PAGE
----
Individual Psychotherapy: A Golden Age of Workaholism 1
In my clinical practice in individual case studies in an affluent suburb, workaholism is one of the more common issues.
I’d go so far as to say that the present time may one day be known as The Golden Age of Workaholism.
What is workaholism? The simple answer is “a consistent and compulsive addiction to working too much.” And certainly long hours are characteristic of the workaholic. But there is much, much more that characterizes a work-addicted person, as pioneering psychologist Barbara Killinger has outlined.
It’s common in individual case studies to encounter individuals in whom work takes up inordinate amounts of psychological space. It is not just that it takes up too many hours; work can almost completely absorb the energy and feeling life of the individual As Dr. Killinger observes, it’s “a Gerbil-wheel, adrenalin-pumping existence rushing from plan A to B, narrowly-fixated on some ambitious goal.” At the extreme, nothing may matter outside of work.
Divorced from Emotion
In individual case studies we regularly see people who are effectively divorced from their real emotional life as a result of addiction to work. The fixation can be so extreme that little else — spouse, children, outside commitments, even religious affiliation — has any meaning alongside work.
Compulsive Drive for Approval
How does this diminished sense of one’s life come to take hold of a person? Very often, it stems from a need to assert power and control — perfectionism striving to completely “master” the work environment.
Such a drive for control can be rooted in a deep inner compulsion to win the approval of others, and/or to gain recognition of one’s success. Often such a powerful and unrelenting drive can be rooted in a very deep-seated sense of feeling profoundly unfulfilled or unloved.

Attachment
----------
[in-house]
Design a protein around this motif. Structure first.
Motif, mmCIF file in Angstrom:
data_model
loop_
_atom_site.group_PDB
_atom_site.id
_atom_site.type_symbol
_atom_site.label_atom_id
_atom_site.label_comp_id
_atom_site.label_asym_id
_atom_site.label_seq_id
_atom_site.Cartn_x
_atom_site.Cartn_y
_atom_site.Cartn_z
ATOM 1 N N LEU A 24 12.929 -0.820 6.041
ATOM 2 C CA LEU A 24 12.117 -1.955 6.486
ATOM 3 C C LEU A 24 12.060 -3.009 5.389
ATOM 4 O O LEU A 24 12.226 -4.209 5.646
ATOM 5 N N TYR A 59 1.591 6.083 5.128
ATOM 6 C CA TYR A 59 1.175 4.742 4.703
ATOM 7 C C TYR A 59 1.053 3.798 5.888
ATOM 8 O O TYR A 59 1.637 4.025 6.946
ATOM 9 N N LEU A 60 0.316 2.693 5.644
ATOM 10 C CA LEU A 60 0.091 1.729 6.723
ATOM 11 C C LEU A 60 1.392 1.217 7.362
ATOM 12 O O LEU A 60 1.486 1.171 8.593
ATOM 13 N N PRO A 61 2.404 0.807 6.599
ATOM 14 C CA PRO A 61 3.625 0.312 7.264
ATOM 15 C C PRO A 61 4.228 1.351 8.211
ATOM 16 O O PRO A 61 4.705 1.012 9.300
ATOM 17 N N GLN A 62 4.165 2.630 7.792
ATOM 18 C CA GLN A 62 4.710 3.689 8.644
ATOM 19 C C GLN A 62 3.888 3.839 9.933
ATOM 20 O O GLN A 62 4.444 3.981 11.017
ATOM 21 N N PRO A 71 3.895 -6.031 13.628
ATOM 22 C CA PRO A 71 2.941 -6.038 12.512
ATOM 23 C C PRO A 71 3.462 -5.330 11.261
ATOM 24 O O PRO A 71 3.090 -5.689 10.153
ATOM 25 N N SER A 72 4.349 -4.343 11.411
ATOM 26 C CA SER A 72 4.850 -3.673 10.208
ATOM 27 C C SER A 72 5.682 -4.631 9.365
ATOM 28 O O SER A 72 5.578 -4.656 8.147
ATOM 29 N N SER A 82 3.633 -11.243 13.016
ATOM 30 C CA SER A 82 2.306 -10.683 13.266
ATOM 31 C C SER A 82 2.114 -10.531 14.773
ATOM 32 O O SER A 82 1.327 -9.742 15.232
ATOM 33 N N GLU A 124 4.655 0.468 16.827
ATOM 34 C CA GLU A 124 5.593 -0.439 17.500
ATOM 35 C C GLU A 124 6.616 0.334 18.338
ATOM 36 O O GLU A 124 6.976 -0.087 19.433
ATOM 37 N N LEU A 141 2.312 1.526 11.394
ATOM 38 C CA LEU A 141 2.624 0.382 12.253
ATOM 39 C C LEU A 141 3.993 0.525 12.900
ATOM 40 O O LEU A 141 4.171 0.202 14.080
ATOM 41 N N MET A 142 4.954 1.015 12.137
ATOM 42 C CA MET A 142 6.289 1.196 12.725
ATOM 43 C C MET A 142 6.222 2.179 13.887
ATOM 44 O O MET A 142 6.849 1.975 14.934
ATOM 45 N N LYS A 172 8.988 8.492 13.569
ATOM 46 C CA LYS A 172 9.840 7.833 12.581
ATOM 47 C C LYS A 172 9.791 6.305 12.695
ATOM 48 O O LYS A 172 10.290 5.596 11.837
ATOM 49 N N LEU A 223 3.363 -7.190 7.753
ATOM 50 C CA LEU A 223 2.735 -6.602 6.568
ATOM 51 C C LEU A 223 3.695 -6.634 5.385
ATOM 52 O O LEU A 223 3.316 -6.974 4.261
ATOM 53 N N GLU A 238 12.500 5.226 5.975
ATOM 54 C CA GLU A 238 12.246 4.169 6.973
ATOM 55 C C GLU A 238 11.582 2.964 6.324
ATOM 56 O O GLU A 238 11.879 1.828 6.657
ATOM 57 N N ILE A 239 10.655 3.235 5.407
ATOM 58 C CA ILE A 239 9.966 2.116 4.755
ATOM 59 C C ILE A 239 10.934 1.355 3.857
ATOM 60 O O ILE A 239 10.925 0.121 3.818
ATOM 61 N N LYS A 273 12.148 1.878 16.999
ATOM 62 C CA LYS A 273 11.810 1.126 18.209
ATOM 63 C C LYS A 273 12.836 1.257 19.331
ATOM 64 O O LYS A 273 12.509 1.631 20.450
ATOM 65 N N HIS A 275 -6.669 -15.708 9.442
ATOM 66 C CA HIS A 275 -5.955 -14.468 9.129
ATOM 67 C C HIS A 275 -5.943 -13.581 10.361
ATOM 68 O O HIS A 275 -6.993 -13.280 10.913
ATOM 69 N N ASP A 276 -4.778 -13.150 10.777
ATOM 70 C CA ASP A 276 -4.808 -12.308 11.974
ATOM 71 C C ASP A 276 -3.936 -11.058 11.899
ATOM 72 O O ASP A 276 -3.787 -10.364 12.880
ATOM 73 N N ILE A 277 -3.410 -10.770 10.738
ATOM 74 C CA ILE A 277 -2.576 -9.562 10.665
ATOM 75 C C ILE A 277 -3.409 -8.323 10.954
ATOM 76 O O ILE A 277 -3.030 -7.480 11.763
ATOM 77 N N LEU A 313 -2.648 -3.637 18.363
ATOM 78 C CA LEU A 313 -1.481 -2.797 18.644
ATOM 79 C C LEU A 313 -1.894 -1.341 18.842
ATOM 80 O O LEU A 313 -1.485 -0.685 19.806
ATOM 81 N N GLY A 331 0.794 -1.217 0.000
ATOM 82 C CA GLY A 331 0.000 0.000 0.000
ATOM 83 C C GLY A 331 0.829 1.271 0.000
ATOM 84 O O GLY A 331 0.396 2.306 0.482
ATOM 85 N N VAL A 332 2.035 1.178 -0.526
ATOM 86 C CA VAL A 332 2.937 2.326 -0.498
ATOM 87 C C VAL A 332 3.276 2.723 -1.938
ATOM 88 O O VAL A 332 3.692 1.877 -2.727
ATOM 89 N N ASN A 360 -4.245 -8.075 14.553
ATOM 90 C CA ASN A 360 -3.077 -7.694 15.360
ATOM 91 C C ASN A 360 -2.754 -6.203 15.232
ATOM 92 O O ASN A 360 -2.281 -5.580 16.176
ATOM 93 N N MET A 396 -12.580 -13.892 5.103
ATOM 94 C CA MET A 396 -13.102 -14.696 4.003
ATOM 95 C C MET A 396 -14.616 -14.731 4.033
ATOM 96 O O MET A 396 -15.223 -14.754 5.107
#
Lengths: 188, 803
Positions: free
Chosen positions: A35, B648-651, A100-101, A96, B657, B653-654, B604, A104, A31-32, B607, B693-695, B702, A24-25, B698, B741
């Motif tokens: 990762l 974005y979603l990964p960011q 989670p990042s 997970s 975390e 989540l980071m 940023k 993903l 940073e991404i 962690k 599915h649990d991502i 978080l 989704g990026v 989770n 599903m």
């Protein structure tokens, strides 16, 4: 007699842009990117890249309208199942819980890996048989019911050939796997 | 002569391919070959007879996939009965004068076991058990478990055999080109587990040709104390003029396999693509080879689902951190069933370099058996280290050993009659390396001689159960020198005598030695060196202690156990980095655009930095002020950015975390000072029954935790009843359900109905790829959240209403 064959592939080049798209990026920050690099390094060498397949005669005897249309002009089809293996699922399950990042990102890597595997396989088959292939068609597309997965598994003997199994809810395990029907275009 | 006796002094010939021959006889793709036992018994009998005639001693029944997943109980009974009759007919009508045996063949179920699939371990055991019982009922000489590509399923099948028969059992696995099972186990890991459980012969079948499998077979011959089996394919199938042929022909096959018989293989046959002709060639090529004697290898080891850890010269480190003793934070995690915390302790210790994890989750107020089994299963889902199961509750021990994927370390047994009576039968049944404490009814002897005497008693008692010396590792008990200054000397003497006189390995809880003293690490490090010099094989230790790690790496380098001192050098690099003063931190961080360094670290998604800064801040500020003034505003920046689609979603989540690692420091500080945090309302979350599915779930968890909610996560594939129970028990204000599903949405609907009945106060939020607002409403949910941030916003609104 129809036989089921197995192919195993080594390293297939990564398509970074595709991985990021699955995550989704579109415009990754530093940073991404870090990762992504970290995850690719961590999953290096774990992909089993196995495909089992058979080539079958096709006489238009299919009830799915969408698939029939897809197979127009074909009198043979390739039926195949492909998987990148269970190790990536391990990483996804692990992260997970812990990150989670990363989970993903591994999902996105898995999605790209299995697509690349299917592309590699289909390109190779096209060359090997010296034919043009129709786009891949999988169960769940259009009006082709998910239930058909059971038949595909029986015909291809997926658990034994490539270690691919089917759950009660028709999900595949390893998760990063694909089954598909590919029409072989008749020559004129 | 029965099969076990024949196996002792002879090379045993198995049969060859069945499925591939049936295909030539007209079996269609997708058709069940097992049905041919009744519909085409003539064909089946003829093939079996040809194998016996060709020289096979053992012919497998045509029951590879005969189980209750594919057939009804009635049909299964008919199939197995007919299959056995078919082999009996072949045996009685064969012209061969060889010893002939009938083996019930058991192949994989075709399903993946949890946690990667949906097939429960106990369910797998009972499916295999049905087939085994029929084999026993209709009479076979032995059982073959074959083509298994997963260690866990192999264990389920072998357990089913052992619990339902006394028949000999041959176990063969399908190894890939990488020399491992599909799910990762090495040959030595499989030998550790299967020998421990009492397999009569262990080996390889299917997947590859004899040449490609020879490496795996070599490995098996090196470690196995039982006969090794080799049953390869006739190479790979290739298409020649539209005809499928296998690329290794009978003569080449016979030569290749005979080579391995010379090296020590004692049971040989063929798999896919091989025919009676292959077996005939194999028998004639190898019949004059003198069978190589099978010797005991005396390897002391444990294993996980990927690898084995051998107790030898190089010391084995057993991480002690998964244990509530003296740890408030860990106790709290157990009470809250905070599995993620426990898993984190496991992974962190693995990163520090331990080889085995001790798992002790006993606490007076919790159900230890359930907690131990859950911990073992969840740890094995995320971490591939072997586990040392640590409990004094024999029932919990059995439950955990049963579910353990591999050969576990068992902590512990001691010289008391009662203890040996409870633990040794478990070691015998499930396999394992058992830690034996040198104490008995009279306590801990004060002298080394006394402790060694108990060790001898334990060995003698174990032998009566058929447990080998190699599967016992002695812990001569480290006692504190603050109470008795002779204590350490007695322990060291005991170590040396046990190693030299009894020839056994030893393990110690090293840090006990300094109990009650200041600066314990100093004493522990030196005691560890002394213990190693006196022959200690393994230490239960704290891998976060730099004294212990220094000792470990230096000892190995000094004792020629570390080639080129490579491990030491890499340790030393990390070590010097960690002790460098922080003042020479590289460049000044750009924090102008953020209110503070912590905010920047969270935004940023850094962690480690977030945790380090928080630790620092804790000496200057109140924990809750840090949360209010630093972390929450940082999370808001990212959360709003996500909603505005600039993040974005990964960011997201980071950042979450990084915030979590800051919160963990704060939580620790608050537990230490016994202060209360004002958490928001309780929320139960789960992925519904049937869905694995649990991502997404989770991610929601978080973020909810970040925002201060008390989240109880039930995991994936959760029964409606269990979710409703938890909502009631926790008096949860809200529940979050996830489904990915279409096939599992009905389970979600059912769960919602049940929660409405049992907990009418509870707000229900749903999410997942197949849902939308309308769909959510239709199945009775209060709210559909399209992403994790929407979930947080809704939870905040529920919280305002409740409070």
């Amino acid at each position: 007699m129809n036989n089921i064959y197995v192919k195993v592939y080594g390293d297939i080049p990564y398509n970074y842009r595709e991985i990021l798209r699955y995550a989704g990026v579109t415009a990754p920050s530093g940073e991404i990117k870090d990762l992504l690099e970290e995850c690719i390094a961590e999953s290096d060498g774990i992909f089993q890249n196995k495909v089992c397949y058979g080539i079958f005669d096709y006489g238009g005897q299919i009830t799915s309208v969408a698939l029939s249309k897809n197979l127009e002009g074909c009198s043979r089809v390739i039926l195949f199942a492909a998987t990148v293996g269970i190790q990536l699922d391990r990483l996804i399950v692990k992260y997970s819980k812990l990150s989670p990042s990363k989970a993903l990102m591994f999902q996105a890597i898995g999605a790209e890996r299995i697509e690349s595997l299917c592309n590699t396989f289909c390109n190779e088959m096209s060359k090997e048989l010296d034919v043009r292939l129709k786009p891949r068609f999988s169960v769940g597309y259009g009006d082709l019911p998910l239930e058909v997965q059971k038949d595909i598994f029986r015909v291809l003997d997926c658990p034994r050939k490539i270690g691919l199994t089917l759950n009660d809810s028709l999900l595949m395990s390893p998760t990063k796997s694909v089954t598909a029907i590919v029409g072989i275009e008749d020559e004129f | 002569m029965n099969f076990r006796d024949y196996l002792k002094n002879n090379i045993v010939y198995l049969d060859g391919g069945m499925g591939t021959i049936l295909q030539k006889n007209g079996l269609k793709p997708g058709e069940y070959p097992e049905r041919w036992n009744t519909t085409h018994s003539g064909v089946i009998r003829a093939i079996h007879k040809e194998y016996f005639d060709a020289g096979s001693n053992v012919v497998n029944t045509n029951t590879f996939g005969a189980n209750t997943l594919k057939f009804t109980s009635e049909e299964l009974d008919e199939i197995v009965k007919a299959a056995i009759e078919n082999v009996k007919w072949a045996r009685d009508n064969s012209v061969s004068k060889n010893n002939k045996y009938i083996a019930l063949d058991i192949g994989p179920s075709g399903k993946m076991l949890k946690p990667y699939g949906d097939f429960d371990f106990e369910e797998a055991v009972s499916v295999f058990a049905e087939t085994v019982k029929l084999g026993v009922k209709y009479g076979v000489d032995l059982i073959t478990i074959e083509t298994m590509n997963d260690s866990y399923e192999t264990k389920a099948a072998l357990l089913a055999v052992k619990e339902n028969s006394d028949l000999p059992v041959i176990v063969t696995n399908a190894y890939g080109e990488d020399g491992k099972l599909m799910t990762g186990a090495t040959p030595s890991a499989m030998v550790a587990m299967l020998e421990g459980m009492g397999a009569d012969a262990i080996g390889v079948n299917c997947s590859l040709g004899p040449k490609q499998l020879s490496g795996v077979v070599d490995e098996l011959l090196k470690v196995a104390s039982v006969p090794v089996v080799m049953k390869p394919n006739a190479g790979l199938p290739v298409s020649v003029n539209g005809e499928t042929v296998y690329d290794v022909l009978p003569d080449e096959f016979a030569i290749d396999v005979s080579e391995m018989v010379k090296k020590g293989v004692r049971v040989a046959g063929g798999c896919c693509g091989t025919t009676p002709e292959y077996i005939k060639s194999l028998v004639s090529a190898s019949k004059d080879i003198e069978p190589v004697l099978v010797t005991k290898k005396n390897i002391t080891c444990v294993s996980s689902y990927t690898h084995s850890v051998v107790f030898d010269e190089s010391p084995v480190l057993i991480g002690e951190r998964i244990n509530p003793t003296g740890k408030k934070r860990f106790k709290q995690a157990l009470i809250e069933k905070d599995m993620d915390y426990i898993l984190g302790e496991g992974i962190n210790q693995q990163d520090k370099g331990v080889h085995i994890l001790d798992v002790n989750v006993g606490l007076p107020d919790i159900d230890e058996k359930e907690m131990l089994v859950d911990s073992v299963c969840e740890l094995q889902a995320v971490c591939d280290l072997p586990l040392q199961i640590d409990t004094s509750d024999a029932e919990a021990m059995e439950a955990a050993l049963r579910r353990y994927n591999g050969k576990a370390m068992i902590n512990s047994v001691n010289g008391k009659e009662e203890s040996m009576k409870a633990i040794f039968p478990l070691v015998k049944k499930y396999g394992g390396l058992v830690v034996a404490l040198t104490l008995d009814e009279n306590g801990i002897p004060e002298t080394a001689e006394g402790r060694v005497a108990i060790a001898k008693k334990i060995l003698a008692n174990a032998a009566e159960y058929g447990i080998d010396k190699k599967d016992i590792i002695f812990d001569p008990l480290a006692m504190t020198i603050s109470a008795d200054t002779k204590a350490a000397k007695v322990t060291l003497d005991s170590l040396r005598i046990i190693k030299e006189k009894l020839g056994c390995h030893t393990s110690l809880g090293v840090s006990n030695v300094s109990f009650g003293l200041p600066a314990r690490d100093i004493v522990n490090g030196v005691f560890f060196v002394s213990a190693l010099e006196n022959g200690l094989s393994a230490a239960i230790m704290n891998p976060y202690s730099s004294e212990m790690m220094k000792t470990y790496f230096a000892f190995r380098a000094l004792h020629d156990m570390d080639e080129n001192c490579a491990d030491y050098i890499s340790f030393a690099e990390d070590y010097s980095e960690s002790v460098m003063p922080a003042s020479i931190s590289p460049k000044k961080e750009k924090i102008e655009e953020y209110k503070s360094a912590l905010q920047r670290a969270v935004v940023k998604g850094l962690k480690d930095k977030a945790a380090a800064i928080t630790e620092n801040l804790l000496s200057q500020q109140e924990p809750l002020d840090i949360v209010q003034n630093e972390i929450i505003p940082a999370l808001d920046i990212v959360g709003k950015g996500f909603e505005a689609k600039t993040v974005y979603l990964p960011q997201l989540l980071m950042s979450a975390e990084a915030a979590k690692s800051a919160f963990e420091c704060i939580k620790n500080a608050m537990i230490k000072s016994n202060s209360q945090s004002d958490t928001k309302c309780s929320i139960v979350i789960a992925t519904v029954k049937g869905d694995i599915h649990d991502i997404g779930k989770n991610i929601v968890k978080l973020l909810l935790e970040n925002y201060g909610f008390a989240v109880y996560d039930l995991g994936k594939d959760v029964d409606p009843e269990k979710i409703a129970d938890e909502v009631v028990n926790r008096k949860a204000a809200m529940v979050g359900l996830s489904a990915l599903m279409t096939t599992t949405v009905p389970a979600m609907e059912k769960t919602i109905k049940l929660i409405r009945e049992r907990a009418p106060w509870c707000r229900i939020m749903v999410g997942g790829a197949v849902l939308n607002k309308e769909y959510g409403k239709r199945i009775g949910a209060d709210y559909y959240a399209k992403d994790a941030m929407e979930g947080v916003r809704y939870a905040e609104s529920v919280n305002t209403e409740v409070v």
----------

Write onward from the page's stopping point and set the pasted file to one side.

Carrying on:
The Uncontrollable Chariot
The myth of Phaethon captures much of the psychology of workaholism. Phaethon was the son of the sun god, Helios. Taunted by schoolmates when he tells them this, Phaethon visits the sun god Helios in his palace, to confirm that he is Helios’ son. Helios affirms this, and lovingly grants Phaethon a wish. But Phaethon asks to drive the sun chariot — great hubris, for not even Zeus could control those fiery horses. Helios tries to dissuade him, but cannot. Phaethon takes the reins at dawn, mounts the skies, but cannot control the fateful horses. His wild ride threatens the earth. Zeus is compelled to destroy Phaeton with a thunderbolt.
Phaethon is driven to ego inflation by deep questions about who he is, and about his own value as a person. Consequently, he single-mindedly fixates on the power and prestige of driving the sun chariot, and, as a result, meets his end.
Similarly, emotional blunting and inflated single-mindedness can burn up the workaholic. A key goal of individual case studies for workaholism is to bring him or her into acceptance of what he or she is, and to move beyond work as the sole validation of worth.
PHOTO: Some rights reserved by Raychel Mendez ; detail from “Apoteósis de Hércules” by Francisco Pacheco
© Brian Collinson, 2238 Constance Drive, Oakville, Ontario (near Mississauga)